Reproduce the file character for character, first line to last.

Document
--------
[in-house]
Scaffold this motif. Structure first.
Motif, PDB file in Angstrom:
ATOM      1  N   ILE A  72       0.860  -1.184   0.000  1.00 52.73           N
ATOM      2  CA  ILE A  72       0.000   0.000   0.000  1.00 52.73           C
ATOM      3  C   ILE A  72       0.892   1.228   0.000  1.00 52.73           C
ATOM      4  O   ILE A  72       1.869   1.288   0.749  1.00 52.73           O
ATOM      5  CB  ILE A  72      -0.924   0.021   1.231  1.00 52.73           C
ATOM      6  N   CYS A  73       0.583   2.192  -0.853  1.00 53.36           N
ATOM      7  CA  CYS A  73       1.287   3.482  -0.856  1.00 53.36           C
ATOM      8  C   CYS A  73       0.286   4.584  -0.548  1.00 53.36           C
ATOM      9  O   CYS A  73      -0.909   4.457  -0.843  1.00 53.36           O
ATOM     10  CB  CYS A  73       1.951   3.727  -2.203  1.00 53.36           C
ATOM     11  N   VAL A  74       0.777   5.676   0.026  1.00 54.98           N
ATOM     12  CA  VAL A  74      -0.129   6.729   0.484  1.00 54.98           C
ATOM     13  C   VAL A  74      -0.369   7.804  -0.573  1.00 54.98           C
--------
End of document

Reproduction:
[in-house]
Scaffold this motif. Structure first.
Motif, PDB file in Angstrom:
ATOM      1  N   ILE A  72       0.860  -1.184   0.000  1.00 52.73           N
ATOM      2  CA  ILE A  72       0.000   0.000   0.000  1.00 52.73           C
ATOM      3  C   ILE A  72       0.892   1.228   0.000  1.00 52.73           C
ATOM      4  O   ILE A  72       1.869   1.288   0.749  1.00 52.73           O
ATOM      5  CB  ILE A  72      -0.924   0.021   1.231  1.00 52.73           C
ATOM      6  N   CYS A  73       0.583   2.192  -0.853  1.00 53.36           N
ATOM      7  CA  CYS A  73       1.287   3.482  -0.856  1.00 53.36           C
ATOM      8  C   CYS A  73       0.286   4.584  -0.548  1.00 53.36           C
ATOM      9  O   CYS A  73      -0.909   4.457  -0.843  1.00 53.36           O
ATOM     10  CB  CYS A  73       1.951   3.727  -2.203  1.00 53.36           C
ATOM     11  N   VAL A  74       0.777   5.676   0.026  1.00 54.98           N
ATOM     12  CA  VAL A  74      -0.129   6.729   0.484  1.00 54.98           C
ATOM     13  C   VAL A  74      -0.369   7.804  -0.573  1.00 54.98           C